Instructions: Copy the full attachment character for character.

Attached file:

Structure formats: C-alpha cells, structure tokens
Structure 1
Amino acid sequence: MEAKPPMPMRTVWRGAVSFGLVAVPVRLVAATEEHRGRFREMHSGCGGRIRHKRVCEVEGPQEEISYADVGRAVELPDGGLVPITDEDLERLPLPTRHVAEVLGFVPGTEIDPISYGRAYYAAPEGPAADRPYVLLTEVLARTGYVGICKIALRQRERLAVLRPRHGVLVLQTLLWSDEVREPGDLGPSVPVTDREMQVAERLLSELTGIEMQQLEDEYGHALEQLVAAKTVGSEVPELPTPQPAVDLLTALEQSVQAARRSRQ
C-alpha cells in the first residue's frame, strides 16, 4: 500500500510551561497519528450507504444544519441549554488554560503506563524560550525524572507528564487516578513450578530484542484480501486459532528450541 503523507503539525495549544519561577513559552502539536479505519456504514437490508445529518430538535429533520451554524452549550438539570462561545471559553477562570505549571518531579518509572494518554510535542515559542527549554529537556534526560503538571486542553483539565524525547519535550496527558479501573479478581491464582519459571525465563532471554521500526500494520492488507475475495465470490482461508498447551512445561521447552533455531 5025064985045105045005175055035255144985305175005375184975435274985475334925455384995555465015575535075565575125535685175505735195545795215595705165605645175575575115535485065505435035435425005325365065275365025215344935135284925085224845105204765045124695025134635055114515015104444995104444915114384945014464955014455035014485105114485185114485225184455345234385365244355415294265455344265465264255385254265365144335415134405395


Structure formats: C-alpha cells, structure tokens
Structure 1
Amino acid sequence: MEAKPPMPMRTVWRGAVSFGLVAVPVRLVAATEEHRGRFREMHSGCGGRIRHKRVCEVEGPQEEISYADVGRAVELPDGGLVPITDEDLERLPLPTRHVAEVLGFVPGTEIDPISYGRAYYAAPEGPAADRPYVLLTEVLARTGYVGICKIALRQRERLAVLRPRHGVLVLQTLLWSDEVREPGDLGPSVPVTDREMQVAERLLSELTGIEMQQLEDEYGHALEQLVAAKTVGSEVPELPTPQPAVDLLTALEQSVQAARRSRQ
C-alpha cells in the first residue's frame, strides 16, 4: 500500500510551561497519528450507504444544519441549554488554560503506563524560550525524572507528564487516578513450578530484542484480501486459532528450541 503523507503539525495549544519561577513559552502539536479505519456504514437490508445529518430538535429533520451554524452549550438539570462561545471559553477562570505549571518531579518509572494518554510535542515559542527549554529537556534526560503538571486542553483539565524525547519535550496527558479501573479478581491464582519459571525465563532471554521500526500494520492488507475475495465470490482461508498447551512445561521447552533455531 5025064985045105045005175055035255144985305175005375184975435274985475334925455384995555465015575535075565575125535685175505735195545795215595705165605645175575575115535485065505435035435425005325365065275365025215344935135284925085224845105204765045124695025134635055114515015104444995104444915114384945014464955014455035014485105114485185114485225184455345234385365244355415294265455344265465264255385254265365144335415134405395